Why Black Americans Empathize with Michael B Jordan’s Eric Killmonger over Boseman’s T’Challa

Photo: Marvel Studios

Because Eric Killmonger is a reflection of many Black American’s on a much deeper level than T’Challa. In fact, many Black American’s do not know T’Challa. They know Eric. This is why most Black Americans, more so than sympathize with him, empathize with him. They can put their lives into his shoes.

I’ve only seen the movie once (which is only important when talking about a movie nearing $900 million dollars worldwide and is #1 in the World…the world ya’ll…that people have seen two and three times.)

Saying this, I have only read two articles that brought up the real concerning the conflict between T’Challa and Killmonger (cited below). I liked that they put this conflict  in the movie because (as I believe one of the actors pointed out) there is a private conversation among Black Americans concerning the relationship between those who have been taken captive and those who have not. As I’ve stated on this blog time and time again, Africa is a continent with over 50 countries and even more nationalities of people. That said it’s impossible for a people to be called African as nationality because it does not specifically point to a place of origin. Which country in Africa are we talking about? Where in Africa can you claim? Who in Africa would claim you? Herein lies the conflict between Eric and T’Challa.

Here’s the phrase that has captured our hearts:

Bury Me
Movie Quote: Eric Killmonger

Killmonger was left behind, left out and rejected from among his people. He was locked out of the greatness of Wakanda and forced to grow up in the gritty streets of Oakland. His struggle and longing for a place of belonging and nationhood is the exact sentiment of the Black American. This statement (“…bury me in the ocean with my ancestors that jumped from the ships…”) is proof that he is a descendant of those who have been taken captive via The Transatlantic Slave Trade; a Wakandian by blood but rejected. Not privy to the knowledge and advancement of his homeland, Killmonger attended instead American Universities and studied his culture from a distance. Having grown up in America, not even Killmonger’s name is a reflection of his identity. His name is Eric which is not as exotic as T’Challa. It does not signify or denote any kind of place of origin. Eric also does not speak with an accent and uses language common to any Black American male growing up in the hood.

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Eric is angry but rightfully so. He has had to watch his people suffer while Wakanda has thrived with resources that could have helped them. Eric wears his rage concerning the mistreatment of his people like a garment and does not understand how to direct that energy in a way that is less destructive. He reminds me of the young black men standing on the corners, full of rage, but without a way to release it in a way that is productive. Given the proper guidance, education, and resources, I believe these are some of the most powerful men the so-called Black community has. While many of us drive by them, shaking our heads and sighing, these boys are absolutely fearless and, like I said, given the proper direction can be the warriors they are descendant from.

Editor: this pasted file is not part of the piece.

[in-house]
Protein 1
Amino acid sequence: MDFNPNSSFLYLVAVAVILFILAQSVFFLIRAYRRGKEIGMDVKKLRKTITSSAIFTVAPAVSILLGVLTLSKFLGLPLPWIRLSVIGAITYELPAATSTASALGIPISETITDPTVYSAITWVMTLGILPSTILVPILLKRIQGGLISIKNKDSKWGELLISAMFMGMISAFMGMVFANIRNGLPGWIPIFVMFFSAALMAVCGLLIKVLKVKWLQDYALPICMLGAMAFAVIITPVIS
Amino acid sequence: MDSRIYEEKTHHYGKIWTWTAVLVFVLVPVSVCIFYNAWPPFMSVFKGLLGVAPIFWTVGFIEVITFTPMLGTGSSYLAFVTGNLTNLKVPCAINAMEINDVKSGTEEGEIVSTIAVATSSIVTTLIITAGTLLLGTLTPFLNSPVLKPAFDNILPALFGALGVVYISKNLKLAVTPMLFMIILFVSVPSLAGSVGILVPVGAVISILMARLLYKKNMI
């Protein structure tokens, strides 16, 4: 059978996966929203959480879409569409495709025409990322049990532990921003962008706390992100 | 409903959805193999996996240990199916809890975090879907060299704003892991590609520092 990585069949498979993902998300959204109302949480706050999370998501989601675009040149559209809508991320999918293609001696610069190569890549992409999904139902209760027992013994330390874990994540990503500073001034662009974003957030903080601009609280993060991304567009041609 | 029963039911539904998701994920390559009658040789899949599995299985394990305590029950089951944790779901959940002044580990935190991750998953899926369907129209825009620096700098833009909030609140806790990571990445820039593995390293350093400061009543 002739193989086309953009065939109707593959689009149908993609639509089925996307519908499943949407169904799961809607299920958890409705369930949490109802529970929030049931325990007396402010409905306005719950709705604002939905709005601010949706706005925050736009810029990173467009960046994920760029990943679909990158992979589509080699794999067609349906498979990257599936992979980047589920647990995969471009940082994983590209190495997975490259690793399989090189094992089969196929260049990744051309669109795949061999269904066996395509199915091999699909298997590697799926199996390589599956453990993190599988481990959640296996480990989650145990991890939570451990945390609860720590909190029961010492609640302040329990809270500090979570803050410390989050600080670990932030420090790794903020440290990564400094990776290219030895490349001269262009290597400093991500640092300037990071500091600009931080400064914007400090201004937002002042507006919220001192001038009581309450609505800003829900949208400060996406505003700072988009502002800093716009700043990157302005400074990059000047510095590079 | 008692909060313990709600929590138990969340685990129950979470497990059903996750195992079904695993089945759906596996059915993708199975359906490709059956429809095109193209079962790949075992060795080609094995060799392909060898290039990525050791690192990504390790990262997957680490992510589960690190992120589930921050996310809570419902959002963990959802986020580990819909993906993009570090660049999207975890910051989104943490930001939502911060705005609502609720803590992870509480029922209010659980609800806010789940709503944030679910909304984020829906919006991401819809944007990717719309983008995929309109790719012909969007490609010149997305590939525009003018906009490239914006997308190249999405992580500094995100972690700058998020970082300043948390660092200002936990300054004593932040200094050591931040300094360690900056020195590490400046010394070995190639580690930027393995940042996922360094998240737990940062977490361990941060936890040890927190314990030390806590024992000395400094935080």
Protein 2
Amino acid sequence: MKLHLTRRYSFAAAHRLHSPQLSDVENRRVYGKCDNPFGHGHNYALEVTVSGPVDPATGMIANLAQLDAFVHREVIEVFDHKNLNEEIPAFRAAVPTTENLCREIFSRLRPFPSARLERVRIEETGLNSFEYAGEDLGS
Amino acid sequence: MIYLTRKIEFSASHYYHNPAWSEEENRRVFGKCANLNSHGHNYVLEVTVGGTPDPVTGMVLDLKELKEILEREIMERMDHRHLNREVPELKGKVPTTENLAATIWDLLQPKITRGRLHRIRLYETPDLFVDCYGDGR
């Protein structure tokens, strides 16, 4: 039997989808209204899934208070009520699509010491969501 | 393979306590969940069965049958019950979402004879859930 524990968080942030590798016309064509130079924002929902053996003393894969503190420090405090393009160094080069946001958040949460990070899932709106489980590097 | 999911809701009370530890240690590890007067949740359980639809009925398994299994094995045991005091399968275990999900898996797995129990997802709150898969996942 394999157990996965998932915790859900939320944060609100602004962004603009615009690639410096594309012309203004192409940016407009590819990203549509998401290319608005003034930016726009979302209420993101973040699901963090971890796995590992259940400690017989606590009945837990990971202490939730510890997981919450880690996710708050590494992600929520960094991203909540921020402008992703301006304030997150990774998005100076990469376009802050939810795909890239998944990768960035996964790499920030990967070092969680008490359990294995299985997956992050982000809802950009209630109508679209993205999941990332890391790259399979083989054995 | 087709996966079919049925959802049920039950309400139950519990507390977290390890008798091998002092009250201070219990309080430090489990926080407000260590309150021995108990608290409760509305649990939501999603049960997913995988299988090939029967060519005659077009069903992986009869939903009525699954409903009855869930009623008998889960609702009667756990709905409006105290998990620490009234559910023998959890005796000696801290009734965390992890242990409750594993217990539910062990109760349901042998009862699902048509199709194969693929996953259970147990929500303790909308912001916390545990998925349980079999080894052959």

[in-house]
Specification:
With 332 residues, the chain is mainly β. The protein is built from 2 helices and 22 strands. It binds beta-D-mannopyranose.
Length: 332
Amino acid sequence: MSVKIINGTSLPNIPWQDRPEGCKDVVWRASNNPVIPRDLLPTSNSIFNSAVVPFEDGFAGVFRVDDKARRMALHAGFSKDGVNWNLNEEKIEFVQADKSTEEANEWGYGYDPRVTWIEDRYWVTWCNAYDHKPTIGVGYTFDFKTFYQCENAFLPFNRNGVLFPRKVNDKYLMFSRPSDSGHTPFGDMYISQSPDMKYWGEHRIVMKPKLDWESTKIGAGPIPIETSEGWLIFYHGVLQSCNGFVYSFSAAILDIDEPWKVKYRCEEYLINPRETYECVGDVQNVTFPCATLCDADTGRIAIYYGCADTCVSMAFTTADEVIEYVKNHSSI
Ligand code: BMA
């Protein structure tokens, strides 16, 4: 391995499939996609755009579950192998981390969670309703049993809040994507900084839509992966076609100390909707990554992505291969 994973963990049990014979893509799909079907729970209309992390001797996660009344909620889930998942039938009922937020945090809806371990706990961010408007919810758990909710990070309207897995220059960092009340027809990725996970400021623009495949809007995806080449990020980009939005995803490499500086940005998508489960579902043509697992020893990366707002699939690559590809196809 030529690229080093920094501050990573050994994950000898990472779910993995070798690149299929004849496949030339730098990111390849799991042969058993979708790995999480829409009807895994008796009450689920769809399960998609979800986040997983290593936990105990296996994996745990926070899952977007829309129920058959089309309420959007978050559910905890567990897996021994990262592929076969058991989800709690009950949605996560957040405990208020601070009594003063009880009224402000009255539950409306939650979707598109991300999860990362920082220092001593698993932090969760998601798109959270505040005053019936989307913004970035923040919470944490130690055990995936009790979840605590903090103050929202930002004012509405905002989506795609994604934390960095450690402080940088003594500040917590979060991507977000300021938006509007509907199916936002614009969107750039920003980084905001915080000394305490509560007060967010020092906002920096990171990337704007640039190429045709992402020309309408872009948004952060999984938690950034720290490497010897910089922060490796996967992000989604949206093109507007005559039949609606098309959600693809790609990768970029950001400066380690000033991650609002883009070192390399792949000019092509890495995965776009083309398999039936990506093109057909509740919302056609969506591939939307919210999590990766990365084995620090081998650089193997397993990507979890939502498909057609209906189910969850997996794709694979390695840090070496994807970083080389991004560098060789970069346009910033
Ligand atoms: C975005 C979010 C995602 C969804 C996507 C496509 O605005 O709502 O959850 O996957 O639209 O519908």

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While Killmonger’s temper gets the best of him, his desire to use the wealth of Wakanda as a way to help his people in America is a noble one (just don’t weaponize the vibranium by putting it into the hands of black people with no training in how to use it Killmonger. Train your people first lol.) For all of these reasons, and many more, I believe many Black Americans empathize and connect more so with Michael B. Jordan’s character than Boseman’s T’Challa. For many of us, Killmonger is the hero, choosing to die (symbolically and literally) with his people than to serve among those who have rejected him.

The first article I want to share is: “Are Black Americans Allowed in Wakanda?”

“Every time a Wakandan referred to Killmonger in the film, he was called an “outsider.” Even though he proved he was of Wakandan blood, he still wasn’t one of them. Killmonger grew up hearing stories about a home he’d never been to. He had knowledge of Wakanda’s wealth and culture but he had no access to it himself. While T’Challa was able to visit a lush, African landscape surrounded by his ancestors, Killmonger’s trip to his own ancestral plane led him back to an apartment complex, where he was mostly alone.”

Read more Here: https://www.huffingtonpost.com/entry/opinion-doggett-wakanda-racism_us_5a901b35e4b01e9e56baef3e

The second one is: Erik Killmonger Is Not A ‘Super-Villain,’ He Is A Super-Victim Of Systemic Oppression

“I refuse to see Killmonger as a super-villain. I see him as a super-victim of systemically oppressive forces, forces that forced him into a hyper-awareness of his dueled unwanted status in Wakanda and in America, due to having the blood of his mother, who was a descendant of black folks forced into the United States via the Trans Atlantic Slave Trade. This two-pronged othering serves as the source of his super-power. His super-power did not derive from radioactive spider bites like Spider Man, or mythological alien strength like that of Superman. Killmonger’s character harbors a super-power more potent than the fictive mineral Vibranium, housed exclusively in Wakanda: Killmonger is the possessor of un-tempered black rage….Killmonger’s black rage is my black reality, and I cannot see Erik Killmonger Stevens as a villain because it would mean seeing myself as a villain as well (and as a black man in America, I have been vilified enough.)